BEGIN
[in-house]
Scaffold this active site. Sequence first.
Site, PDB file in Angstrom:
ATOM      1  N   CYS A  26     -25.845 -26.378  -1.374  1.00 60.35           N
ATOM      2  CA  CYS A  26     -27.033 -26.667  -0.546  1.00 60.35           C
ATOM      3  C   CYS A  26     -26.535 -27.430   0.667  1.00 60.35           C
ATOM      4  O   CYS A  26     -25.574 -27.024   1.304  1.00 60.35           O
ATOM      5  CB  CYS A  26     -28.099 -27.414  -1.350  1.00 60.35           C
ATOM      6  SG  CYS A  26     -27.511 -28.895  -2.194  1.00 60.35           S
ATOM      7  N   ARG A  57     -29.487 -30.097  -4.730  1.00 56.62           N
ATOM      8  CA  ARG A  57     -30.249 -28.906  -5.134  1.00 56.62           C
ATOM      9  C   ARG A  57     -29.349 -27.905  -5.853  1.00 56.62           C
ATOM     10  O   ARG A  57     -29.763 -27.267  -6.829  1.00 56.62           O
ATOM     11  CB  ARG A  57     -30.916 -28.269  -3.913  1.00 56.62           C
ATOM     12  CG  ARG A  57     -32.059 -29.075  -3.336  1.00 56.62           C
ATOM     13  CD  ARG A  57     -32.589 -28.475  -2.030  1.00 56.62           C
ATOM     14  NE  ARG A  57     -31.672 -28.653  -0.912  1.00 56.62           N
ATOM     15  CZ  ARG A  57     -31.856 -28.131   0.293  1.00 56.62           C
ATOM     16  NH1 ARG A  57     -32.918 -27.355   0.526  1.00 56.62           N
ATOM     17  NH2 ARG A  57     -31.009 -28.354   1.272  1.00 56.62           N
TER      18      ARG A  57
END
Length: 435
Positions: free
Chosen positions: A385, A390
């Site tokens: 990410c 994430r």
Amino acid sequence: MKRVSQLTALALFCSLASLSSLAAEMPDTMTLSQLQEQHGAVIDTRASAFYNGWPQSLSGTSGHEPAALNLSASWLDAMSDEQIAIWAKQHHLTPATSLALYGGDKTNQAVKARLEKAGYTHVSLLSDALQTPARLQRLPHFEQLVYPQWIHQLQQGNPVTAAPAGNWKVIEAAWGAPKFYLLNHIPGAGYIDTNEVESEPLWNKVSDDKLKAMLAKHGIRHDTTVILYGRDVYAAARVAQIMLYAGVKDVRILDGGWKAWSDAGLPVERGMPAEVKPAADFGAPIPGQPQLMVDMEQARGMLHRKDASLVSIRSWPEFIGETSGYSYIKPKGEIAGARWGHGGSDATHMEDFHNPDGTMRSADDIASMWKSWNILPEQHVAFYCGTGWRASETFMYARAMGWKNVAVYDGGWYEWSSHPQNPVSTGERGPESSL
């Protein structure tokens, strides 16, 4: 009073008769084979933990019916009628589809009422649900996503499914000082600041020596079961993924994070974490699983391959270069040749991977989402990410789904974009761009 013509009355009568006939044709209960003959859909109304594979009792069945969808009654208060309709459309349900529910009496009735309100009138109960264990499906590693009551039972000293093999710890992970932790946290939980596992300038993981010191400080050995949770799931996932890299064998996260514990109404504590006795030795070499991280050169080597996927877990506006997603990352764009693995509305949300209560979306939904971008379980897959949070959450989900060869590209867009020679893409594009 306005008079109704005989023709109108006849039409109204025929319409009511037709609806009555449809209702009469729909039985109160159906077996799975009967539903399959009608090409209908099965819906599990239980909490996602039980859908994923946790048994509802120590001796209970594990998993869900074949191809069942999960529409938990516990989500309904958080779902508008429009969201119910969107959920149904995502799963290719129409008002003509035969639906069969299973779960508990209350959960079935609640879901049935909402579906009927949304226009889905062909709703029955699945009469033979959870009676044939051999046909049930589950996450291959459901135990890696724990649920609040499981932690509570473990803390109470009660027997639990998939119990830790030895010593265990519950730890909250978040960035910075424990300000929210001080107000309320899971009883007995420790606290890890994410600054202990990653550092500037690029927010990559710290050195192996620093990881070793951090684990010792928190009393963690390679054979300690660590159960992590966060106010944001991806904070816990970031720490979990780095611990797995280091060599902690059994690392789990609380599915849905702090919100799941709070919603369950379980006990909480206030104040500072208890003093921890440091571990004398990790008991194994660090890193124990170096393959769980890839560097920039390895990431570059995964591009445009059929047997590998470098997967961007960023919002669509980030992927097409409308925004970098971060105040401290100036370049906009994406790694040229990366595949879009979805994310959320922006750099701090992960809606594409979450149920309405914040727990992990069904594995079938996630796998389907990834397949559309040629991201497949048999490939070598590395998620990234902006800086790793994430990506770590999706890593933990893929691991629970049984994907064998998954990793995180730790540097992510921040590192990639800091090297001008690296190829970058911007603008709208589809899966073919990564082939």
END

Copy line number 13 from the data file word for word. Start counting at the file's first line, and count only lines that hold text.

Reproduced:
ATOM     10  O   ARG A  57     -29.763 -27.267  -6.829  1.00 56.62           O